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Book review: Cromwell, Eleanor Catharine (ed. Hopkins and Puckle-White), Accounting for Her (Penguin, 1982). A rigorous and thoughtful discussion of the lives of the mathematicians Maria Gaetana Agnesi, Mary Somerville, Charlotte Scott, Mary Everest Boole, and Philippa Fawcett.


Born in 1915 in Stoke, Cromwell earned a First in mathematics from Shrewsbury College in 1937 and an MA two years thereafter. Her long career as a teacher of maths for girls began in 1943 and continued until her retirement in 1972; during the early part of the war she is thought to have assisted with codebreaking work at Bletchley Park (this was covered by the Official Secrets Act for most of her life, and she left no diaries or other indications). The Kingscote School for Girls, her longtime employer, now awards a Cromwell Prize yearly for outstanding work in mathematics.

Accounting for Her was apparently a labor of love on the part of its author; drafts in various forms were found among her papers after her death, dating back to her undergraduate years. As the shape of the book gradually developed, she seems to have worked on it a little at a time during school holidays, often returning to Oxford to make use of the Bodleian, and occasionally traveling abroad. Her research in Italy on Agnesi was assisted by Emily Latimer, a colleague at Kingscote who, as a Latin teacher, was able to offer Italian support.

Reflecting her background in the field, Cromwell goes into considerable detail on the mathematical work of each of her subjects; perhaps as a legacy of her years of teaching, this material is remarkably accessible even to the lay reader, and it is notable in particular that we are able to understand both intellectually and emotionally why the work of each woman was particularly significant in each time, from the Witch of Agnesi to Mary Everest Boole’s philosophies of education and Charlotte Scott’s rigor in principle and proof. Her subjects seem to have been chosen with a particular eye to their work in mathematics education, and Cromwell effectively elucidates their context.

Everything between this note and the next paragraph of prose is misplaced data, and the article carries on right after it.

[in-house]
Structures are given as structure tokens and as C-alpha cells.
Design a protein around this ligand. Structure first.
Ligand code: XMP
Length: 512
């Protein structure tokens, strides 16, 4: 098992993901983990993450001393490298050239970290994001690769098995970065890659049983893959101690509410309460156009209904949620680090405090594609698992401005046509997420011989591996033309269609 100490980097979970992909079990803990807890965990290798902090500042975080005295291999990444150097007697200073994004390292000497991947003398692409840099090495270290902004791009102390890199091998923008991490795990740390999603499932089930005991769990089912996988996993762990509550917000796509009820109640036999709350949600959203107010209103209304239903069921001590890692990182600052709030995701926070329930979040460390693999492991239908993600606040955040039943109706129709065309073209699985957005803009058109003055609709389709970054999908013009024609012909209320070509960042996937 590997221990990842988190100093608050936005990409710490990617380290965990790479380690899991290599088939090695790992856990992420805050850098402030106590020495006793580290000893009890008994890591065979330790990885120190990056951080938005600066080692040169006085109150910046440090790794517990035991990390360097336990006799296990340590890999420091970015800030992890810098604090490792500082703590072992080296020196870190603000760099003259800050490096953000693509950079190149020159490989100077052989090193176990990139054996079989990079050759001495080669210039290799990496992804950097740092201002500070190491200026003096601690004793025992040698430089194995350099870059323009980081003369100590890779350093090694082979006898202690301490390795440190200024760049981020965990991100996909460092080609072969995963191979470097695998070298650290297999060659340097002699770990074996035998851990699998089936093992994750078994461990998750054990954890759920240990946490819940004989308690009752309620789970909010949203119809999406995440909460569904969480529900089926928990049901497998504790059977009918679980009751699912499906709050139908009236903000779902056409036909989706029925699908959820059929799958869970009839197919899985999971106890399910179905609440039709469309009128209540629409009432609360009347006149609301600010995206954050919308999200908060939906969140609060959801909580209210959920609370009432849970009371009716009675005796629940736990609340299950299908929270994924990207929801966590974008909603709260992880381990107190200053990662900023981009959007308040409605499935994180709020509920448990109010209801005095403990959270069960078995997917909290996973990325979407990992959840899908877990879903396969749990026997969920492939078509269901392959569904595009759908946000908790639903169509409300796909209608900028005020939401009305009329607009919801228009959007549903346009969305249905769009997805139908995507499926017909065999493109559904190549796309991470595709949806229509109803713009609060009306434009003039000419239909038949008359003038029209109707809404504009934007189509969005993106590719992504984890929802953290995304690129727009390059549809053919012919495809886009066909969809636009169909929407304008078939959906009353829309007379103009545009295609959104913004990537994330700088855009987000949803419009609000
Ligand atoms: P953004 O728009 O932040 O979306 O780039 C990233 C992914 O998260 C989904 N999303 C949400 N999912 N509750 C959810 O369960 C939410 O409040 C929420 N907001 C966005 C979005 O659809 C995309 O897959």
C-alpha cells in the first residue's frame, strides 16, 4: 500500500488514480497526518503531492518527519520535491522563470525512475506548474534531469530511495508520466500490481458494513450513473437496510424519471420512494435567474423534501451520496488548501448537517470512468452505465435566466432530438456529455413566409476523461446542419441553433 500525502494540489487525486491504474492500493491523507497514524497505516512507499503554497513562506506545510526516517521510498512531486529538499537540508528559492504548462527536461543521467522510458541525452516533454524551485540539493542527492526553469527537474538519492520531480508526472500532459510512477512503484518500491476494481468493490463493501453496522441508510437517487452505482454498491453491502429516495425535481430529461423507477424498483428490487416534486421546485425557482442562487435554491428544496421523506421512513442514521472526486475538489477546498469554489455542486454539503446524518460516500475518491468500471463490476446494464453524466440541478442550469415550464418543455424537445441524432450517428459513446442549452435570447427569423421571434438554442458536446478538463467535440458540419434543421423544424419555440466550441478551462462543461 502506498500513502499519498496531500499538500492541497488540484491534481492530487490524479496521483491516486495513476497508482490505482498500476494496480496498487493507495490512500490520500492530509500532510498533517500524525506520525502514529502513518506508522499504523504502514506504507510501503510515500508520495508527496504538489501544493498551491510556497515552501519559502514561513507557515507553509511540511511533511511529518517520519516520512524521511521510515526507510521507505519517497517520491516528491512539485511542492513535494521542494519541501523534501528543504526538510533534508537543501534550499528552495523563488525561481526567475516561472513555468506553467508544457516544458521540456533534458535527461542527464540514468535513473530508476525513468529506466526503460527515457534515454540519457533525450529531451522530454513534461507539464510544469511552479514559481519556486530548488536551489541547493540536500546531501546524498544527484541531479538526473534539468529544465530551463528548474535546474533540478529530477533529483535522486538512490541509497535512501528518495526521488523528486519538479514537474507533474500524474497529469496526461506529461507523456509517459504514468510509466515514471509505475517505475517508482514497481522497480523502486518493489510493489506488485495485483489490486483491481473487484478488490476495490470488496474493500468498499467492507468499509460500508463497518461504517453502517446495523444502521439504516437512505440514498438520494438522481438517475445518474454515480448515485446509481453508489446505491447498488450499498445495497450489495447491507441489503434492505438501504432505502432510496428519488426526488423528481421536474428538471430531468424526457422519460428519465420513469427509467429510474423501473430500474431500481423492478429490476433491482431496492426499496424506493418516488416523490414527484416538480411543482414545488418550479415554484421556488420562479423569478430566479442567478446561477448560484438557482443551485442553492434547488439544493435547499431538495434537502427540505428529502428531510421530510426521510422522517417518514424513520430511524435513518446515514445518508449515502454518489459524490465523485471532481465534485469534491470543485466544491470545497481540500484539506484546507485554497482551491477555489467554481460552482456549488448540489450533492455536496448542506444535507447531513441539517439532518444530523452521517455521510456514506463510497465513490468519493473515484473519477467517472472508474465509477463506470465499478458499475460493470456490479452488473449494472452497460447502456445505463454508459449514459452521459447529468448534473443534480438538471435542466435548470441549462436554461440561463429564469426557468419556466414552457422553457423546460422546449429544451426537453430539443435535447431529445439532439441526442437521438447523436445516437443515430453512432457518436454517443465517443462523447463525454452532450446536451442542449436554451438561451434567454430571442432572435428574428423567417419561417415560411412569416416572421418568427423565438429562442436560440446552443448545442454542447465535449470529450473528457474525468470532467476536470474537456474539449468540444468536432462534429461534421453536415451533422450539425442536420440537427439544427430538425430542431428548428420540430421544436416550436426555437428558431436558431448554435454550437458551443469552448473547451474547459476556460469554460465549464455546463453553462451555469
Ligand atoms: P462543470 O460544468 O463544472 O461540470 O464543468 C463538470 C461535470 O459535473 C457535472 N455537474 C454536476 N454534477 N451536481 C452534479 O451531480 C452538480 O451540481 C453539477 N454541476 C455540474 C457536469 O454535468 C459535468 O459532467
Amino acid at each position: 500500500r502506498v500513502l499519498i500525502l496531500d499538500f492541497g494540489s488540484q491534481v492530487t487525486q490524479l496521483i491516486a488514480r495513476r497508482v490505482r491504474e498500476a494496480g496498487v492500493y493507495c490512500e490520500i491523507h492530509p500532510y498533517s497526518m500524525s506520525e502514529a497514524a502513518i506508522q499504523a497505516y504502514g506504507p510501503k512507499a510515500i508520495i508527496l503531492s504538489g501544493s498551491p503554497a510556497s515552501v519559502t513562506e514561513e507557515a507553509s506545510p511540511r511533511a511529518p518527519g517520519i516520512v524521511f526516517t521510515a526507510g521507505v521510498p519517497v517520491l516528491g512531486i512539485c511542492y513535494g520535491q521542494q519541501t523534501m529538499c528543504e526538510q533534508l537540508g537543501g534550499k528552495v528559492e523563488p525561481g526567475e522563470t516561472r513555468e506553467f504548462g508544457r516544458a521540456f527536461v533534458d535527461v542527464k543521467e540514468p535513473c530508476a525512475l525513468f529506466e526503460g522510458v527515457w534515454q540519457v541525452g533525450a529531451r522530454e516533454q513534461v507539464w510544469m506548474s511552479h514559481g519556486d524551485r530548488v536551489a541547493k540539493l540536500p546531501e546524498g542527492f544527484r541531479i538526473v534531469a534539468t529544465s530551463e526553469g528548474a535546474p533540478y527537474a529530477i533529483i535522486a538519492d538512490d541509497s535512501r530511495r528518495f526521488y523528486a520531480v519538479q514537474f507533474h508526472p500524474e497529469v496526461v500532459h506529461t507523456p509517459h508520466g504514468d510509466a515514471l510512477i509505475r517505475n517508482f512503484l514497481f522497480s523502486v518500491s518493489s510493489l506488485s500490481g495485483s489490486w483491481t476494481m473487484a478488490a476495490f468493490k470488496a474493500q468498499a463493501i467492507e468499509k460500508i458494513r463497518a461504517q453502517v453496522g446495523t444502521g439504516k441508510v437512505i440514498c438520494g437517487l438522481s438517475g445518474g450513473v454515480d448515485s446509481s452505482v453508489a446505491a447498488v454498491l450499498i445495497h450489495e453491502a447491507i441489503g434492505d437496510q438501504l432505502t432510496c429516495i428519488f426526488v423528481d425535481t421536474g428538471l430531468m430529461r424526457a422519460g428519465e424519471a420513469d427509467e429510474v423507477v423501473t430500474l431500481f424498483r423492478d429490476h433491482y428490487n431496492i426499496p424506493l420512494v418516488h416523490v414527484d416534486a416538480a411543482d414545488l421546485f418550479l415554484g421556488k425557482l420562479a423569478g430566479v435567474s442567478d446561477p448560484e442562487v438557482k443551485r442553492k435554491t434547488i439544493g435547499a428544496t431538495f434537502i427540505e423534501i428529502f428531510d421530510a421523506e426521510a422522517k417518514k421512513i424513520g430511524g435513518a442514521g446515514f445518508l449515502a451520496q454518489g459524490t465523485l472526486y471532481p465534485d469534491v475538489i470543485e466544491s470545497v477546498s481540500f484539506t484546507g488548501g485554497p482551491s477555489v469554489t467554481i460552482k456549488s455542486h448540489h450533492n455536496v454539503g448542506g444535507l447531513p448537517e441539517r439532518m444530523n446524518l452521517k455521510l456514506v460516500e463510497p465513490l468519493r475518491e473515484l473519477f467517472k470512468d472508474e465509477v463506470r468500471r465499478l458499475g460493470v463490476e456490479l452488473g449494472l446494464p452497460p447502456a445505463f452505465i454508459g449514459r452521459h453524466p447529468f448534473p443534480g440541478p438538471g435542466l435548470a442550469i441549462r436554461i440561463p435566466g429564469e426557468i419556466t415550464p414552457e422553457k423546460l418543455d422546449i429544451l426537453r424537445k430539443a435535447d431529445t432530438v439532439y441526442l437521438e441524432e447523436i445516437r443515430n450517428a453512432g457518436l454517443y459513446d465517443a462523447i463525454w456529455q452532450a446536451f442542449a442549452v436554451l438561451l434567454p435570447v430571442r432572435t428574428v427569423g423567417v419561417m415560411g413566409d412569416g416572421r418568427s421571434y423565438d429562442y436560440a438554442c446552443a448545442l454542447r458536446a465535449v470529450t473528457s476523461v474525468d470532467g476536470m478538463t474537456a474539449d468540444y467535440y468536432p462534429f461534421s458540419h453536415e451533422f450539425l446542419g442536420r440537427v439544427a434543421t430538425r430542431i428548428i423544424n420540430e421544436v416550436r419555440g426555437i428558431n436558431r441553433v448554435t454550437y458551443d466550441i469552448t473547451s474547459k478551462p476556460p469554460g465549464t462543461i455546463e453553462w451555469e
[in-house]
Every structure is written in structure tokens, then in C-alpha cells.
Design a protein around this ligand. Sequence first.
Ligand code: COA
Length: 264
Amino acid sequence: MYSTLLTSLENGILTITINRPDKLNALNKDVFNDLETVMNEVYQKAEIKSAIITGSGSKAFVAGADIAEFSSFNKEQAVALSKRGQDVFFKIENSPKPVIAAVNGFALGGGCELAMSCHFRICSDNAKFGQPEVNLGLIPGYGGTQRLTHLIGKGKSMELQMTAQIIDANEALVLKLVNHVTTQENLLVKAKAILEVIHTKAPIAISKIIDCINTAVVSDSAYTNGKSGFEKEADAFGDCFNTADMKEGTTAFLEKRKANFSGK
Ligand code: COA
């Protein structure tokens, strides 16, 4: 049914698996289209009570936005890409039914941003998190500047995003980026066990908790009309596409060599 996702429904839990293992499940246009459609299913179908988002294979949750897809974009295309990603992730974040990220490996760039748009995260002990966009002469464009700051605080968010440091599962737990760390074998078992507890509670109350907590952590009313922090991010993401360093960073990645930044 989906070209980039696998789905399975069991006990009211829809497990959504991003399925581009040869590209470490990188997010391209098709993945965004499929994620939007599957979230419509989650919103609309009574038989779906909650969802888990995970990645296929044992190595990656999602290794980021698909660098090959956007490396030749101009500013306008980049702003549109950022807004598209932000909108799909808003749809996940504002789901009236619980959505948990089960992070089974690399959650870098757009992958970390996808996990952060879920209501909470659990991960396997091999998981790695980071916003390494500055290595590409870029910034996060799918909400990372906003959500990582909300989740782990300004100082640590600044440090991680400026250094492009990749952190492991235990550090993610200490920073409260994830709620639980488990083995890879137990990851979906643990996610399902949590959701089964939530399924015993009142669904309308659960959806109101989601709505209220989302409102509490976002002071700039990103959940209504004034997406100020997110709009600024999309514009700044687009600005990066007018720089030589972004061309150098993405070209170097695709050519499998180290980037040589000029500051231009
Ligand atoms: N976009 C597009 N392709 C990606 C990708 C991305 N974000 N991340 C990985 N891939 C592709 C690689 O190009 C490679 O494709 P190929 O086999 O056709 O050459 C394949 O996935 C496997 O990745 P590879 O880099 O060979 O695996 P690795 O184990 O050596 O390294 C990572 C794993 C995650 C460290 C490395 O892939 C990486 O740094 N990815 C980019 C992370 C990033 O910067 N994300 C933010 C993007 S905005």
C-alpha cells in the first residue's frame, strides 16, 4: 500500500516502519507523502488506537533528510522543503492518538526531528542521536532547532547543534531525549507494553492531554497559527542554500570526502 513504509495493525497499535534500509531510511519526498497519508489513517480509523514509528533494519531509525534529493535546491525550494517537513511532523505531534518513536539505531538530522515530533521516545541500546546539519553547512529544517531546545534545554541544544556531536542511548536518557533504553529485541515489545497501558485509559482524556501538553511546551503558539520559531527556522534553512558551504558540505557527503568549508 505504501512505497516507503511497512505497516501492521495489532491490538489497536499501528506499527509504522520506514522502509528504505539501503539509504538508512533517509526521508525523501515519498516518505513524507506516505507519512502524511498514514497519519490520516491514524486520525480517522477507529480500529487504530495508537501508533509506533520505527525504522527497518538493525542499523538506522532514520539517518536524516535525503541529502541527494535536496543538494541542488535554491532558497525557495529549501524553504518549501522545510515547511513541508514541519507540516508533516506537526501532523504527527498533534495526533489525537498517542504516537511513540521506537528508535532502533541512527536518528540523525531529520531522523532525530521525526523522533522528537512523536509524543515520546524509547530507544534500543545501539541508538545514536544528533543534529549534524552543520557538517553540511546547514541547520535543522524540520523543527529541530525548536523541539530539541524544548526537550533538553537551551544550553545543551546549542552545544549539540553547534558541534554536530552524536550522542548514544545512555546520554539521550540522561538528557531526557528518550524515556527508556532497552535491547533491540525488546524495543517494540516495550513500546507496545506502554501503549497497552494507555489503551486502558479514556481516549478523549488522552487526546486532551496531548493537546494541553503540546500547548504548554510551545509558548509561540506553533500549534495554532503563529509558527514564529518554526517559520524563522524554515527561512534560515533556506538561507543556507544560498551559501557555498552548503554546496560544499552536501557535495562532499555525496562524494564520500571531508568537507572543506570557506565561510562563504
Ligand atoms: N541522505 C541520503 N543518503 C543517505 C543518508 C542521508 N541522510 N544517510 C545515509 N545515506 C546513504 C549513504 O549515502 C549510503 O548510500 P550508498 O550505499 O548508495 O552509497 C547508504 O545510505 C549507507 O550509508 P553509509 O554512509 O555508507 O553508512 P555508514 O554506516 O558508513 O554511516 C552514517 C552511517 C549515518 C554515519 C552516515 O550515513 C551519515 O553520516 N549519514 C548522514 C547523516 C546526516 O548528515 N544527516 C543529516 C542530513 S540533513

Emily H. Latimer, for many years a teacher of Classics at Kingscote School, now living in retirement in Cornwall, recalls their long friendship. “I was familiar with Eleanor’s hobby of research, of course, and even suggested to her once or twice that she should take a leave of absence and get the book ready for publication. She might have done, but she really did love teaching—I think at any given time there were a handful of students whose work and whose personalities she found too interesting to abandon, although many of the others she would cheerfully have walked away from without a second thought. And she seemed to enjoy the process of research and writing more than the idea of publication itself.

“I enjoyed the opportunity to travel around Europe with her to certain foreign libraries. In Italy I was able to be rather useful, given my Latin. During one long vacation, courtesy of a flu epidemic at the school which we both managed to escape, we traveled to America and visited Charlotte Scott’s old haunts at Bryn Mawr. Eleanor was, in fact, offered an opportunity to go on for her doctorate there, and I believe she was tempted, but there were pupils at Kingscote at the time whom she was most reluctant to abandon midway. I recall that during the term immediately following that, she was exceptionally inclined to follow her own judgment rather than the conventions of the school.”

(Were you familiar with Cromwell’s work at Bletchley Park?) “Only indirectly. I remember she was very, very angry—it was just after she retired, I believe. I was in my own last year of teaching, and I had gone down to spend a holiday with her, and found her absolutely incandescent with rage, one might say. This man—Winterbottom? had published a book about Bletchley Park. It was far outside my own interests and I never read it then or thereafter, but Eleanor was extremely angry that he had breached the code of silence which had been maintained for so long. She found it entirely irrelevant that the war had been over for nearly thirty years. No, I didn’t ask her about anything she might have done; I knew she was not prepared to tell me, but it was quite clear that she was taking the issue very personally indeed. I understand that she wrote Winterbottom, or whatever his name may have been, a particularly scathing letter.”